Crews are gearing up to clear land and blast rock in preparation for construction of a $78-million sewage treatment facility and conveyance system in the Industrial Way area of Tofino on Vancouver Island, B.C.
The project consists of a new wastewater treatment plant (WWTP), replacement of four existing pump stations, construction of a new outfall and modifications to the existing conveyance system.
The District of Tofino is the only municipality left on the island that pumps raw sewage into the Pacific Ocean at Duffin Passage and has been doing so for decades. However, the district was given a federal mandate to treat its sewage.
In August, North America Construction (NAC) was hired to do the work.
Simon Kirkland, project manager, major capital projects for Tofino, says blasting contractors are set to begin mobilizing.
“We’re good seismically because we’ve got lots of bedrock to anchor everything down to, but there’s a little bit of challenges with the logistics of removing rock.”
The work includes use of drilling and blasting equipment to scale down the rock so footings can be set.
The contractor plans to take any material that is blasted at the site and recycle it into fill for other areas, says Kirkland.
Crushing equipment will be set up to mill and reuse the material onsite. Being in a remote area of the island, such a move will cut down on transportation of materials.
After the blasting work is completed, form setters will be brought onto the site to establish foundations for buildings and tanks.
Mechanical and electrical tradespeople will install all process and electrical/instrumentation in the buildings.
Engineering and management teams will support crews from a quality control perspective and help with the process of bringing the facility online and operating for the district.
There are four pump stations in operation and they will be replaced with new ones.
Presently, the sewage goes through grinders and gets discharged directly to the ocean. With the new configuration, all sewage will go to one area and be pumped to the treatment facility via a new forcemain.
Two outfalls presently in use will be abandoned and a new one will be built to discharge the effluent. But the bulk of the work will be building the new wastewater treatment plant and facilities.
The plan calls for the installation of the pump stations to start over the winter months and outfall construction will start next summer. The project is expected to be completed in early fall 2024.
The plant itself will have some interesting features, including an Integrated Film Activated Sludge treatment process that combines conventional activated sludge and biofilm technologies into one tank. Plastic pucks are introduced into the tank and oxygen is added as an aeration process. The system draws the sludge and sewage together before the wastewater is transferred to a clarifier. The process allows for a much smaller footprint as two clarifier tanks are not needed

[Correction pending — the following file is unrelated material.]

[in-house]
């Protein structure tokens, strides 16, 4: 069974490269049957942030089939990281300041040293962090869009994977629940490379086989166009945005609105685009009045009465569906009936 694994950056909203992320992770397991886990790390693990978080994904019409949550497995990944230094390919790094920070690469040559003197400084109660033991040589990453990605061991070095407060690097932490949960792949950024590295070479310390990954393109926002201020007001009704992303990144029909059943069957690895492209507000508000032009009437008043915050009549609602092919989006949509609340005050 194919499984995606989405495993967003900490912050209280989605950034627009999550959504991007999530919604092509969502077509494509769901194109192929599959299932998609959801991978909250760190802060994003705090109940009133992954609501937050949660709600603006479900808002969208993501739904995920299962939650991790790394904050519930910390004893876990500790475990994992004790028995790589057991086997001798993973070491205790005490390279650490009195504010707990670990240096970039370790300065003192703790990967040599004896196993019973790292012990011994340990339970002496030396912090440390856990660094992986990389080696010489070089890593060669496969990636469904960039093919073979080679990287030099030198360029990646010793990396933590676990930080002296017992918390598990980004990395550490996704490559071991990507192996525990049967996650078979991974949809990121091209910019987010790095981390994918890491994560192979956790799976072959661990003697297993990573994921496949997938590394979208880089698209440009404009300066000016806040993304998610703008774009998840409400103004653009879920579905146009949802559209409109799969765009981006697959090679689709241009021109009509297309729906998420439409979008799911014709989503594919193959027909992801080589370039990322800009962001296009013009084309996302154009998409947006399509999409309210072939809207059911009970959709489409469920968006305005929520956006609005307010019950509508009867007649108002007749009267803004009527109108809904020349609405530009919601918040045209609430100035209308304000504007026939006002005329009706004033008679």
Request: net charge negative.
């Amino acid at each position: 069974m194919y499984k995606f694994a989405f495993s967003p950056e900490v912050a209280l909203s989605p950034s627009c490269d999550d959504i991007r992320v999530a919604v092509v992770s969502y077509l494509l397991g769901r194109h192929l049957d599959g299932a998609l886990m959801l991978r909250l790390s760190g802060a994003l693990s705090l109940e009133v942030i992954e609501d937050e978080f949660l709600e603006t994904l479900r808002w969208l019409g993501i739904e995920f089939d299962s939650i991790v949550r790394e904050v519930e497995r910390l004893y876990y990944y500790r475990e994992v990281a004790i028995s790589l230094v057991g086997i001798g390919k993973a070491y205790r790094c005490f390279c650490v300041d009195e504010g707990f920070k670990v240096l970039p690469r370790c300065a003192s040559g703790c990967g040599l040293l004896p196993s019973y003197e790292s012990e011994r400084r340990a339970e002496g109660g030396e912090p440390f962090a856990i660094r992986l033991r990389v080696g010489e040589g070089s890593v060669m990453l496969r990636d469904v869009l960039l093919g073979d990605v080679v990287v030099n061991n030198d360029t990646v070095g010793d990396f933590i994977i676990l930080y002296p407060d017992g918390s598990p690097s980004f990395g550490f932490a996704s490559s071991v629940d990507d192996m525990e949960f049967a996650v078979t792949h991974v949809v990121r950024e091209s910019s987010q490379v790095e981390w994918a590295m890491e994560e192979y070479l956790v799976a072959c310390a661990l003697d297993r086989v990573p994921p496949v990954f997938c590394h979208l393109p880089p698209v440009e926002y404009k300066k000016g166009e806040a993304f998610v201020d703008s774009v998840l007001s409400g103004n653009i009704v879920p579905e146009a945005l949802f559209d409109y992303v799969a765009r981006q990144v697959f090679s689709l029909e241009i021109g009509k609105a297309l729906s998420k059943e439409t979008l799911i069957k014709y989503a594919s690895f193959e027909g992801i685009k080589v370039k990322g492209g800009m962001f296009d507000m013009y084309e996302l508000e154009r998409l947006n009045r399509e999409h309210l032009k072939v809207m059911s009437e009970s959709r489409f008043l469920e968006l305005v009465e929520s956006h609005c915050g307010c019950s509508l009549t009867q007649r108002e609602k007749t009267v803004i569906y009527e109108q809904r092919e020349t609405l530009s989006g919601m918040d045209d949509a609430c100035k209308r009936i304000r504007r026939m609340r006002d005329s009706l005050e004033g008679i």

The logistics of the project are tricky because Tofino is a small community of 2,500 with a limited amount of tradespeople and housing.
Highway 4 provides the only road access to the Esowista Peninsula where the town is located. The nearest community is Ucluelet, which also has limited industry.
The project team is overcoming the challenges by employing as many local people and companies as practically possible, fabricating most of the material offsite to reduce the labour required for installations, and maintaining collaborative relationships with all organizations involved in the project.
Kirkland says housing has been a challenge, but the contractor has managed to secure enough to house the workers that are needed.
Further, the new treatment plant is being built in a town that’s never had such a plant, Kirkland notes, and there will be some logistical hurdles to overcome when tying in a new piece of infrastructure, as there will likely be temporary shutdowns due to bypass pumping that must take place.
To build the facility, Tofiino settled on an integrated design process.
Tofino, NAC and designer WSP worked collaboratively to come up with optimizations such as the use of pre-engineered buildings and steel tanks, minimizing the amount of cast-in-place concrete, reducing architectural features and combining administrative functions into the main mechanical building.
According to the town, the collaborative approach is similar to the integrated project delivery model as it allows all parties – the client, designer and prime contractor – the opportunity to work together from the start until completion.
The contracts are administrated in a more traditional approach, however, with construction and consulting agreements being directed between both owner and designer and owner and prime contractor.
NAC was originally shortlisted in 2019 for the work but as a result of COVID and supply shortages the original budget was exceeded and the district had to issue another RFP. In 2021, NAC was selected and went back to the table with the district and WSP to develop a new strategy.